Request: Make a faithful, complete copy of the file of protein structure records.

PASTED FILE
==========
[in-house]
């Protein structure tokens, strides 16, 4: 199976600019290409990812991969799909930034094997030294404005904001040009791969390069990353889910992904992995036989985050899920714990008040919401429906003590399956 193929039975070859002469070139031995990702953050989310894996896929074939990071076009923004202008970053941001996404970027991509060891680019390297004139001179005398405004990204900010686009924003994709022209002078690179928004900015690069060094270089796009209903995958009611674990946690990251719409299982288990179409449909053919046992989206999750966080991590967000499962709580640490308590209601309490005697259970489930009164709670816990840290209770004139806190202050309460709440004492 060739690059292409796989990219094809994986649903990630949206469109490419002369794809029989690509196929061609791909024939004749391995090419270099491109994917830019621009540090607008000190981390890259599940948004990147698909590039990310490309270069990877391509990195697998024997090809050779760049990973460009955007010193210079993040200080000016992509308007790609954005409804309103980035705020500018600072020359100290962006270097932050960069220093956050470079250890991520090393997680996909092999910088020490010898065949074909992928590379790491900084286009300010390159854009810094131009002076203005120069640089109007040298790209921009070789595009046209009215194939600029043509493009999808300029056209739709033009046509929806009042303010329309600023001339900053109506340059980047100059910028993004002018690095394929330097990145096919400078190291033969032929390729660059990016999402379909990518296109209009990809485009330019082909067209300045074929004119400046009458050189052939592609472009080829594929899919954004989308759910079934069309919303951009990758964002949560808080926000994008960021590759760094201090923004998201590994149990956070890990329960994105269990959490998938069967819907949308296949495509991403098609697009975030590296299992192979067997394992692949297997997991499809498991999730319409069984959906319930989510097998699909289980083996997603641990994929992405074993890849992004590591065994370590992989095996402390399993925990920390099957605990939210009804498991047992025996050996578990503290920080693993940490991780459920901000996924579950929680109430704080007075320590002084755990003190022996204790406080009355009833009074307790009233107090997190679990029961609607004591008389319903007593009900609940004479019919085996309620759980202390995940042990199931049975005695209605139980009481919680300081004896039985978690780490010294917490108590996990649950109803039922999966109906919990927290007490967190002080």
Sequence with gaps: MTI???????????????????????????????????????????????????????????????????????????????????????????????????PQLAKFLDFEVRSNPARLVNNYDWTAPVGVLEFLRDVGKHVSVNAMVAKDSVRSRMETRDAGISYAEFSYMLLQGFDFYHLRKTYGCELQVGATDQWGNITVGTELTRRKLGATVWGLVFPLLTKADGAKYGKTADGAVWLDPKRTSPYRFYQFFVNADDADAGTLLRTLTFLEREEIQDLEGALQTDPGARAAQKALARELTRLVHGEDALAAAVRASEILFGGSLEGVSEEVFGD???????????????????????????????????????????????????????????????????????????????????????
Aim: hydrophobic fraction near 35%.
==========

[in-house]
């Protein structure tokens, strides 16, 4: 199976600019290409990812991969799909930034094997030294404005904001040009791969390069990353889910992904992995036989985050899920714990008040919401429906003590399956 193929039975070859002469070139031995990702953050989310894996896929074939990071076009923004202008970053941001996404970027991509060891680019390297004139001179005398405004990204900010686009924003994709022209002078690179928004900015690069060094270089796009209903995958009611674990946690990251719409299982288990179409449909053919046992989206999750966080991590967000499962709580640490308590209601309490005697259970489930009164709670816990840290209770004139806190202050309460709440004492 060739690059292409796989990219094809994986649903990630949206469109490419002369794809029989690509196929061609791909024939004749391995090419270099491109994917830019621009540090607008000190981390890259599940948004990147698909590039990310490309270069990877391509990195697998024997090809050779760049990973460009955007010193210079993040200080000016992509308007790609954005409804309103980035705020500018600072020359100290962006270097932050960069220093956050470079250890991520090393997680996909092999910088020490010898065949074909992928590379790491900084286009300010390159854009810094131009002076203005120069640089109007040298790209921009070789595009046209009215194939600029043509493009999808300029056209739709033009046509929806009042303010329309600023001339900053109506340059980047100059910028993004002018690095394929330097990145096919400078190291033969032929390729660059990016999402379909990518296109209009990809485009330019082909067209300045074929004119400046009458050189052939592609472009080829594929899919954004989308759910079934069309919303951009990758964002949560808080926000994008960021590759760094201090923004998201590994149990956070890990329960994105269990959490998938069967819907949308296949495509991403098609697009975030590296299992192979067997394992692949297997997991499809498991999730319409069984959906319930989510097998699909289980083996997603641990994929992405074993890849992004590591065994370590992989095996402390399993925990920390099957605990939210009804498991047992025996050996578990503290920080693993940490991780459920901000996924579950929680109430704080007075320590002084755990003190022996204790406080009355009833009074307790009233107090997190679990029961609607004591008389319903007593009900609940004479019919085996309620759980202390995940042990199931049975005695209605139980009481919680300081004896039985978690780490010294917490108590996990649950109803039922999966109906919990927290007490967190002080």
Sequence with gaps: MTI???????????????????????????????????????????????????????????????????????????????????????????????????PQLAKFLDFEVRSNPARLVNNYDWTAPVGVLEFLRDVGKHVSVNAMVAKDSVRSRMETRDAGISYAEFSYMLLQGFDFYHLRKTYGCELQVGATDQWGNITVGTELTRRKLGATVWGLVFPLLTKADGAKYGKTADGAVWLDPKRTSPYRFYQFFVNADDADAGTLLRTLTFLEREEIQDLEGALQTDPGARAAQKALARELTRLVHGEDALAAAVRASEILFGGSLEGVSEEVFGD???????????????????????????????????????????????????????????????????????????????????????
Aim: hydrophobic fraction near 35%.